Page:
I know that Mint Juleps are the traditional Derby drink.  And I do like a good Mint Julep, but the bourbon slushes are AMAZING and go down entirely too easy and pack a punch.  The following recipes are a standard fare Mint Julep and the Bourbon Slush and came from the Kentucky Derby Museum Cookbook.

Mint Julep
by Jennifer Brian Cheek

1 ounce Mint Syrup
3 ounces Bourbon
Crushed Ice
Fresh Mint
Powdered Sugar for Dusting

Fill a Julep Cup with crushed ice.  Pour syrup and bourbon over ice and stir.  Gently bruise a sprig of mint and garnish.  Dust top of mint with a sprinkle of powdered sugar.

Mint Syrup
makes 2 cups

2 cups organic sugar
4 cups distilled water
2 handfuls fresh mint

Bring sugar and water to boil and stir until sugar dissolves completely.  Remove from heat.  Add fresh mint an cover pan.  Allow to steep for at least 2 hours or as long as overnight if you have the time.

Bourbon Slush

5 cups brewed tea
1/2 cup fresh lemon juice
12 ounce can frozen orange juice, thawed
1/2 cup sugar
3 cups Bourbon 
5.5 cups water

Mix all ingredients except Sprite or Ginger Ale and freeze in a plastic container. Fill glass ½ way with ice. Scoop frozen slush into glass and top with Prosecco or sprite or ginger ale for a less boozy option. Garnish with oranges and cherries.  Make sure you can stand up before you go get another one.

I will leave you all with the lyrics to a song that holds dear and happy memories for me and will always remind me of my grandmother wiping her eyes and swaying as she sings the chorus full voice.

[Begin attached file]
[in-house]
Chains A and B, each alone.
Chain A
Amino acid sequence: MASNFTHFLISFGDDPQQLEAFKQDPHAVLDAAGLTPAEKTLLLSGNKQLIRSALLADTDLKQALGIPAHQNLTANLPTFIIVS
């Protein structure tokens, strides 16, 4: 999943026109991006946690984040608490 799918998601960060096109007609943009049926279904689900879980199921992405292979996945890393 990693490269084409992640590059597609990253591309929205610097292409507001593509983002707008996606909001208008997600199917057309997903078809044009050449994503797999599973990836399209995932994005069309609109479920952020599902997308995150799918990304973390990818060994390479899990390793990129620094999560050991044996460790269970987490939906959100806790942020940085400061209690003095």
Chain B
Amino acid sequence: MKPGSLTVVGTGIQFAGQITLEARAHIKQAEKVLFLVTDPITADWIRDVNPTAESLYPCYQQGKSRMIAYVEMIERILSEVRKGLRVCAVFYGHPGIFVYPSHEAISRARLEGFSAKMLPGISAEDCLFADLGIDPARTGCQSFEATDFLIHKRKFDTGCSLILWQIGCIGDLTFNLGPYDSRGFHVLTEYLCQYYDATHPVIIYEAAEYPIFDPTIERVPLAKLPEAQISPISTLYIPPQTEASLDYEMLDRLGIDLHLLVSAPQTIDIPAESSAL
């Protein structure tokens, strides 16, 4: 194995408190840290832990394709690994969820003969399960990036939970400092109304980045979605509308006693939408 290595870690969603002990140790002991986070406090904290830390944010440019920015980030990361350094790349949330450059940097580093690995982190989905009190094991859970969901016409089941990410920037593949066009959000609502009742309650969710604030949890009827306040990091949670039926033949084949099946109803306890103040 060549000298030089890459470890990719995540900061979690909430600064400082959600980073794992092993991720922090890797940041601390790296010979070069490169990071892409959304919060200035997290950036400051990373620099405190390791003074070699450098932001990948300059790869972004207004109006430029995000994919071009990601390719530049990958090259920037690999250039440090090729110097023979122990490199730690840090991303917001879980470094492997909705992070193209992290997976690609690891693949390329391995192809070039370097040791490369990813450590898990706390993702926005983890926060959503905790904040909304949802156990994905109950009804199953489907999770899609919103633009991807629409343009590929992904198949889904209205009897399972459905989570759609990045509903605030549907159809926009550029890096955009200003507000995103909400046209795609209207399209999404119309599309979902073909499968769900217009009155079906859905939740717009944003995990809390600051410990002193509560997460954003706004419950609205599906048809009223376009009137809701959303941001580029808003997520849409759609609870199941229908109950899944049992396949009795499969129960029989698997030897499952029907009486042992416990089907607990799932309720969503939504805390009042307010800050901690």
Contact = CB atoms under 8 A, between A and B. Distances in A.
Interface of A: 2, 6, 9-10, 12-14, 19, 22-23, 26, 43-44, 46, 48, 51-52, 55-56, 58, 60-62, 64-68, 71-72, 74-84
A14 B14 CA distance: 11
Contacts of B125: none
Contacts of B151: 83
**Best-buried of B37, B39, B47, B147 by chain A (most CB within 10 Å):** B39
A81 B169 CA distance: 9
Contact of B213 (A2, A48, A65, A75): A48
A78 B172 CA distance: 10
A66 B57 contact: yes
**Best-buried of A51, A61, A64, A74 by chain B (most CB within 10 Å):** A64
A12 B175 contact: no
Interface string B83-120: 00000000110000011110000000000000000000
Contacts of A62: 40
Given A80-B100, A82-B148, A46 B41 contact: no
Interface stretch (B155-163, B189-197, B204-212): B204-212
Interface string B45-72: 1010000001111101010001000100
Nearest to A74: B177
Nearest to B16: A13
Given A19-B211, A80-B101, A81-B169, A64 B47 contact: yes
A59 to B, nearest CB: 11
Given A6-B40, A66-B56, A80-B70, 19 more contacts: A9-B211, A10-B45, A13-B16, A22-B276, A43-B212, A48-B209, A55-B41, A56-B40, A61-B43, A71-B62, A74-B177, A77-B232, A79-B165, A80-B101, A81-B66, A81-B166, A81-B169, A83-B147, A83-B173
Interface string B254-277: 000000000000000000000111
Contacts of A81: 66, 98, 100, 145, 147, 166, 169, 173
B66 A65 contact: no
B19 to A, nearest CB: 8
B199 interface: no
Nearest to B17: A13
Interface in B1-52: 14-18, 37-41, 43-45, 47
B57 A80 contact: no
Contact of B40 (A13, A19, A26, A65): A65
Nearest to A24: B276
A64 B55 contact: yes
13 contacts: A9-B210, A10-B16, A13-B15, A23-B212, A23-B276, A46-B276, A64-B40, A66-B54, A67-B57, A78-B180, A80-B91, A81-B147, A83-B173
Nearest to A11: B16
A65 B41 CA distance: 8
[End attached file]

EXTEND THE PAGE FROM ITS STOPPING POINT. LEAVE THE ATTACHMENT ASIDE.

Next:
My Old Kentucky Home
Words and Music by: Stephen C. Foster

The sun shines bright in the old Kentucky home
'Tis summer, the people are gay;
The corn top's ripe and the meadow's in the bloom,
While the birds make music all the day;
The young folks roll on the little cabin floor,
All merry, all happy, and bright,
By'n by hard times comes a-knocking at the door,
Then my old Kentucky home, good night!


Weep no more, my lady,
Oh weep no more today!
We will sing one song for the old Kentucky home,
For the old Kentucky home far away.

Happy Derby, friends! I hope that your horse wins on Saturday!  GO BABY GO!!

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  1. I think you just described the tradition of every person who grew up in Kentuckiana. The number one question posed to me when people find out where I'm from is "What's the Derby like?" To which I respond, "I don't know, I've never been....locals don't go to the Derby....but we sure know how to throw one heck of a party" People down here just don't get it. I can still remember my uncle singing My Old Kentucky Home at the topof in the middle of my college dorm as we moved all my crap out after graduation. We paused the 2 minutes to watch the race and we were all yelling at the tv's in the dorm lounge. I worked for 2 summers as a Tour Guide at the Kentucky Derby Museum and it was the best. job. ever. There is just something special about the history and tradition of that racetrack and that race!